Minister-level officials and high-level representatives from APEC member economies met to put in place a plan for the crucial recovery of the region’s micro, small and medium enterprises (MSMEs), which were heavily impacted by lockdowns and restrictions over the past two years, and which continue to struggle in the post-pandemic world.
They convened in Phuket physically for the first time since 2019. This gathering of ministers concluded a week of engagements between officials, experts and entrepreneurs around the region who exchanged views on best policy practices in support of small business.
“The COVID-19 pandemic had brought about devastation to MSME businesses as they were impacted by supply chain disruption, market relocation and financial losses,” said Supattanapong Punmeechaow, Thailand Deputy Prime Minister and Vice Chairman of the Thailand Board of SME Promotion, who served as chair of the meeting. “Against their liquidity shortage, MSMEs also needed to make new investments in reskilling their workforce towards digital mode of services and productions.”
Minister Supattanapong acknowledged that even as the economy is reopening, small enterprises face new challenges.
“At the time we are currently convening, the world somehow has moved away from the COVID-19 pandemic, yet to confront an emerging global situation with adverse impacts on our MSMEs at no lesser intensity than the pandemic,” he said.
Minister Supattanapong referred to small businesses as “the driving engine of the APEC economies.”
"MSMEs account for 98 percent of total businesses in the APEC region and 40 to 60 percent of GDP in most APEC economies,” he said, citing data gathered by APEC MSME officials. “Without their inclusive recovery, we will not be able to achieve resilient and balanced economic growth.”
Ministers discussed four ways to drive this growth: accelerating the adoption of the bio-circular-green economy model; encouraging inclusive digital transformation; giving MSMEs access to financing while restructuring debt; and helping them cope with the evolving market landscape.
According to Dr Rebecca Sta Maria, Executive Director of the APEC Secretariat, MSMEs faced a variety of challenges even before COVID-19, such as sustainability, financing, and market access.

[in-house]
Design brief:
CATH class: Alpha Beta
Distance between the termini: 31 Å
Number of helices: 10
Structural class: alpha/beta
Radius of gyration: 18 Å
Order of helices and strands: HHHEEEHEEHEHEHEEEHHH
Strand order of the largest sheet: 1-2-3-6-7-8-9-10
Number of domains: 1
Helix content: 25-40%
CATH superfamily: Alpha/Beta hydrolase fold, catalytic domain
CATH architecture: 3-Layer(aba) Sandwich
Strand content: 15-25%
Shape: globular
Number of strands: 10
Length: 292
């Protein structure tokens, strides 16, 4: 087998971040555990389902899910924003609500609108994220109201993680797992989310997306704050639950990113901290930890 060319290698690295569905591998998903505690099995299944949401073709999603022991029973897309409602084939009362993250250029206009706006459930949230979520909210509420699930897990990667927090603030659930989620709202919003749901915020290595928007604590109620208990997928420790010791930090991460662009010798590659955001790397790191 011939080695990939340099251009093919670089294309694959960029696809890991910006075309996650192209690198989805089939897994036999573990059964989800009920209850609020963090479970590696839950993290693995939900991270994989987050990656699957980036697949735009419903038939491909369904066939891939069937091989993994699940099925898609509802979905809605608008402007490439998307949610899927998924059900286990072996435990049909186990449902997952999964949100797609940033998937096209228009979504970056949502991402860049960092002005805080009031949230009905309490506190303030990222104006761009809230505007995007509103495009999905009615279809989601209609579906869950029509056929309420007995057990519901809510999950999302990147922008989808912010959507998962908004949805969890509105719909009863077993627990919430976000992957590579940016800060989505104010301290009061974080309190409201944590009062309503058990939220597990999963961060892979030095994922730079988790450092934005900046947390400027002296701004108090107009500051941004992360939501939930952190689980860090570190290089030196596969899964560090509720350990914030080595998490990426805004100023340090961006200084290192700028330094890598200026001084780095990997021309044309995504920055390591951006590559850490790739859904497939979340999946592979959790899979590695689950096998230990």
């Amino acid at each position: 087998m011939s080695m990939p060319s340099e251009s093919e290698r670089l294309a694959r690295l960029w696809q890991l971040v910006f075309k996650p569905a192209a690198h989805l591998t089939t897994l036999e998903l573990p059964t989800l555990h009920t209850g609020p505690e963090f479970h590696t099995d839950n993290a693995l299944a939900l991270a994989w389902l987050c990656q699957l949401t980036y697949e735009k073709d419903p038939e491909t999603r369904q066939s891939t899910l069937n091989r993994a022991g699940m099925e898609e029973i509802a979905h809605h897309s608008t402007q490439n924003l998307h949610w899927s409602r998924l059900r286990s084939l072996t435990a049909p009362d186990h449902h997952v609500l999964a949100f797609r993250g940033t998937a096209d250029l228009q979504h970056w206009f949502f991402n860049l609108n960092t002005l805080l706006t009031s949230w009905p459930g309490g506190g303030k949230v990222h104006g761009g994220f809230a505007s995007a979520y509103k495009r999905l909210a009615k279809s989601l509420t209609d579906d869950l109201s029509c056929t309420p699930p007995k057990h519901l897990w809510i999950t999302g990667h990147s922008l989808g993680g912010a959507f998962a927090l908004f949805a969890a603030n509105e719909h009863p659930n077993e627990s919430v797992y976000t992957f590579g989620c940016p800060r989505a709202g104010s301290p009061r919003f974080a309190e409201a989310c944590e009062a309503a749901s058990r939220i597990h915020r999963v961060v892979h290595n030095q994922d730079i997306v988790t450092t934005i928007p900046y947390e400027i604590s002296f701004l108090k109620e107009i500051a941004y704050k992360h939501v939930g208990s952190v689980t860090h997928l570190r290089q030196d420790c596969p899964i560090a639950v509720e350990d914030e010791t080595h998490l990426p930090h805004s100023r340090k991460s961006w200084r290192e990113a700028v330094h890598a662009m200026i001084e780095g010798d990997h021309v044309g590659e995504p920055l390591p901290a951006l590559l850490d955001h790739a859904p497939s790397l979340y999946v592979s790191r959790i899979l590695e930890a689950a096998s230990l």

“The pandemic has only made their situation more complex,” she said.
She outlined the next steps for APEC to support MSMEs, such as helping them become more competitive in the global marketplace.
“MSMEs that export grow significantly faster than those that don’t,” Dr Sta Maria said. “Research indicates that SMEs in developing economies can increase productivity and innovation by selling abroad. Yet, despite the various initiatives undertaken, it appears that there is more to be done to facilitate MSMEs’ access and integration into global supply and value chains.”
“There is much in our to-do list,” she continued, “but we can achieve this through effective partnerships and cooperation, including between the public and private sectors, specifically, the APEC Business Advisory Council, and other regional and international organizations, and key stakeholders, including civil society.”
Currently, there are 23 projects and initiatives being implemented by APEC to address the challenges faced by the MSME sector with an emphasis on supporting their resilience and recovery in every aspect of business.
These initiatives are guided by APEC’s long-term vision for the next 20 years—the Putrajaya Vision 2040 and the Aotearoa Plan of Action—and current priorities under Thailand’s APEC hosting, such as efforts towards encouraging a bio-circular-green economy.
Upon concluding his remarks, Minister Supattanapong gave reassurance to MSMEs in APEC economies by quoting the theme of APEC 2022: “The APEC region will remain open to all opportunities, connected to all dimensions and balanced in all aspects so that they can leverage on the regional economic growth.”